Beat the heat: Keep your baby safe

Keep your baby safe, cool, and happy all summer long.

By: Sanford Health News .

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Once temperatures warm, you want to get the family outside as much possible before the seasons change again. But before you head outdoors, remember your baby needs a little extra TLC to stay safe in the summer.

Sunscreen for babies

Sunscreen is recommended for everyone, right? While children and adults should always protect themselves with sunscreen, it is not recommended for babies under 6 months old. Keeping your infant in the shade is the better choice and, particularly, between 10 a.m. and 2 p.m. when ultraviolet rays are the most intense.

Because infants have a higher surface-area to body-weight ratio than older children and because baby skin is less mature, their exposure to chemicals in sunscreens may be much greater. That can increase the risk of side effects from sunscreen.

Preventing sunburn

Plan ahead by covering up your infant. To prevent sunburn, dress your baby in lightweight long pants, long-sleeved shirts and hats. Choose clothes with tight weaves. If you hold the fabric against your hand, it shouldn’t be so sheer you can see through it. Use brimmed hats, which shade the neck, rather than cute baseball caps or headpieces that provide no cover for the neck and ears.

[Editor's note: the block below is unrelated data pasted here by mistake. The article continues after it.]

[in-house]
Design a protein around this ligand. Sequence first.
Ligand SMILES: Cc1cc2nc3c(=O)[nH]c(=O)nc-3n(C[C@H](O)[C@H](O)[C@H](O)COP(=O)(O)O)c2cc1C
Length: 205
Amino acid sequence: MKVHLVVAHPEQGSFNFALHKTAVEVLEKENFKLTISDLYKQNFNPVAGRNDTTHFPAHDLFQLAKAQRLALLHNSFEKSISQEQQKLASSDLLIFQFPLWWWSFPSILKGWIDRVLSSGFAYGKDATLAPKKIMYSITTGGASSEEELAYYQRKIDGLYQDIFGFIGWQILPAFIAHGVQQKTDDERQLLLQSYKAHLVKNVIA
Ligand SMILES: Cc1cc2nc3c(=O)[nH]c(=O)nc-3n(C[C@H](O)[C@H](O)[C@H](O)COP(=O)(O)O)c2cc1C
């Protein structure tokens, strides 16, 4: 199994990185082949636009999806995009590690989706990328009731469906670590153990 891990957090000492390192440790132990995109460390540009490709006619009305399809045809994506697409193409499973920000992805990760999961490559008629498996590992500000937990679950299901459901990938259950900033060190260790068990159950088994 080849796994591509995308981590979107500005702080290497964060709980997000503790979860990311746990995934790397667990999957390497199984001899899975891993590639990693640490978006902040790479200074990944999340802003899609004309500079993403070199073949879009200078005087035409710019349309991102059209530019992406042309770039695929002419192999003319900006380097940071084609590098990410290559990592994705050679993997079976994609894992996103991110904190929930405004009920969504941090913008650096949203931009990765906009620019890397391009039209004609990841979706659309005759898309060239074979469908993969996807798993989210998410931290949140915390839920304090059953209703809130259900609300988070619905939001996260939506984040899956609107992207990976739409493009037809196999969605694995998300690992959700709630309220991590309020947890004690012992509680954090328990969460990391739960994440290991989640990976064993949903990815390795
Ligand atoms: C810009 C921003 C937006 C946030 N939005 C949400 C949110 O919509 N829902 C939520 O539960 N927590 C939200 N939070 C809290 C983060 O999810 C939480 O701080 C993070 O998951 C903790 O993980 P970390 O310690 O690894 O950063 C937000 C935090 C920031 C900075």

Of course, it isn’t always possible to keep your baby totally covered and in natural shade. Instead you can create your own shade by using an umbrella, canopy, blanket or even your body to protect your baby.

If you are in a situation where there is no possible shade, apply a small amount of sunscreen with a sun protection factor (SPF) of at least 15 to small areas that are likely to be exposed. Avoid combination sunscreens that contain insect repellents like DEET. Try testing your baby’s sensitivity to sunscreen by rubbing a small amount on the inner wrist first and waiting a few minutes.

Heat

Sun isn’t the only factor from which your baby needs protection. The hot, humid days of summer affect babies more intensely than adults.Infants don’t sweat like adults do. Sweat naturally cools down an adult, but babies haven’t developed that advantage yet. Babies are also at higher risk of dehydration. Bring a cooler to store liquids and make sure your baby gets regularly scheduled feedings of breast milk or formula. The water content will help your infant stay hydrated.

Pay attention to your baby’s signals. Fussiness, redness and excessive crying may indicate too much sun or heat. If your baby’s urination is less than usual, it can be a sign of dehydration. If your baby starts to become sunburned, get out of the sun immediately. Apply cold compresses to sunburned areas of the skin.

Remember that your baby is more susceptible to the dangers that can accompany summertime’s scorching sun and high temperatures. But there is also plenty of time for fun. With just a little planning and preparation, you can keep your baby safe, cool, hydrated and happy all summer long. If you have any concerns or questions, please talk to your child’s primary care provider.